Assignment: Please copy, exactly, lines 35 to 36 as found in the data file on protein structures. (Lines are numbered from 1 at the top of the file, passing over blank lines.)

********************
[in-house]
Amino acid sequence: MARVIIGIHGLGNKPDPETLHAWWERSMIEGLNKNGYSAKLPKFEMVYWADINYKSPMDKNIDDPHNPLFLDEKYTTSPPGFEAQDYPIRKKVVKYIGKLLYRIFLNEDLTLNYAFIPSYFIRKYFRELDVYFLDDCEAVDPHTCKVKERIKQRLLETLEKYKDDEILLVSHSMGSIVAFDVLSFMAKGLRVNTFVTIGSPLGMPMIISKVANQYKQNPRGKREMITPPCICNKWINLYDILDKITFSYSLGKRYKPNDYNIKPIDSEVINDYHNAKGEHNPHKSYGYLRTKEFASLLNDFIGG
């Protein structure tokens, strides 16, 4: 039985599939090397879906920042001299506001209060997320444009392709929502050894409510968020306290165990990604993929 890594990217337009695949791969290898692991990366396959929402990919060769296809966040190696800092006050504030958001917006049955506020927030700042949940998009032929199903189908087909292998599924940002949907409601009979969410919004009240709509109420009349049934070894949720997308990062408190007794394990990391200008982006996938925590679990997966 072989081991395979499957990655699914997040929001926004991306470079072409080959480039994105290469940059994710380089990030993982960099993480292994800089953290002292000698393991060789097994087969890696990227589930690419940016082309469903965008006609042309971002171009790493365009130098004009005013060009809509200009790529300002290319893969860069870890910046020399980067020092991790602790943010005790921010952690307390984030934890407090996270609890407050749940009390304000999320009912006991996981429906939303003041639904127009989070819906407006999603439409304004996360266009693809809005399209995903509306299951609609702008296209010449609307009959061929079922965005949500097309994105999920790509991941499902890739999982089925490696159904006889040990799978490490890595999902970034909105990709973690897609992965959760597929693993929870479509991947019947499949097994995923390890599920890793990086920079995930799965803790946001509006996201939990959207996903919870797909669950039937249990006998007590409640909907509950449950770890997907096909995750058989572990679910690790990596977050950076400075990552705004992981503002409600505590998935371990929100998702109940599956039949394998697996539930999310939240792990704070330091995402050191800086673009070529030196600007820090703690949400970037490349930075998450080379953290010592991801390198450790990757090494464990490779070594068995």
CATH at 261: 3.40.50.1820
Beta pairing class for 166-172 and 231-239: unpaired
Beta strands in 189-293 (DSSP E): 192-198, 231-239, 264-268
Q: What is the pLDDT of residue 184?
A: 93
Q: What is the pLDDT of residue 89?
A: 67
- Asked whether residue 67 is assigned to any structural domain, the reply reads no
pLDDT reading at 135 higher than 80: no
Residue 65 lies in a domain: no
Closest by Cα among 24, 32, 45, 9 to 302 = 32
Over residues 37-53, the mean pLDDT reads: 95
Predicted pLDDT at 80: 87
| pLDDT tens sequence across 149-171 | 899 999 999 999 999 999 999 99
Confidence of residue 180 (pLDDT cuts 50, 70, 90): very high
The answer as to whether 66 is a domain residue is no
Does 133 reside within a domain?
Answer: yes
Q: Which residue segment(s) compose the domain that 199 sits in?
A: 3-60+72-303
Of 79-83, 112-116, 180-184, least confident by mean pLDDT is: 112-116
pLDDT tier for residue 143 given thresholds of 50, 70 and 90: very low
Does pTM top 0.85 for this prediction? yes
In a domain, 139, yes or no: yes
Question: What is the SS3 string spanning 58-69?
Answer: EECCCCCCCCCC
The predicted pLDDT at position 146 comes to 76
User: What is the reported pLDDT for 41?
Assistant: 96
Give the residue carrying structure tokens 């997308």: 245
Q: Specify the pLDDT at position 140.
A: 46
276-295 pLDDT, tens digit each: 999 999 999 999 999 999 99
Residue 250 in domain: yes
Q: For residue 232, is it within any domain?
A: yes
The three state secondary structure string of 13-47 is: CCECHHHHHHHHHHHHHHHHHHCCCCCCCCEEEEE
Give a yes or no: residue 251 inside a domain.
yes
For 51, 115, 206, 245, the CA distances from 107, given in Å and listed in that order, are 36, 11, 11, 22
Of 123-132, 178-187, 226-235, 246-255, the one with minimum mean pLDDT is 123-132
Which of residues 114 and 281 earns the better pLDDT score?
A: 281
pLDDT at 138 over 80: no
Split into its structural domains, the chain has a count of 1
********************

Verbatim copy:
A: 46
276-295 pLDDT, tens digit each: 999 999 999 999 999 999 99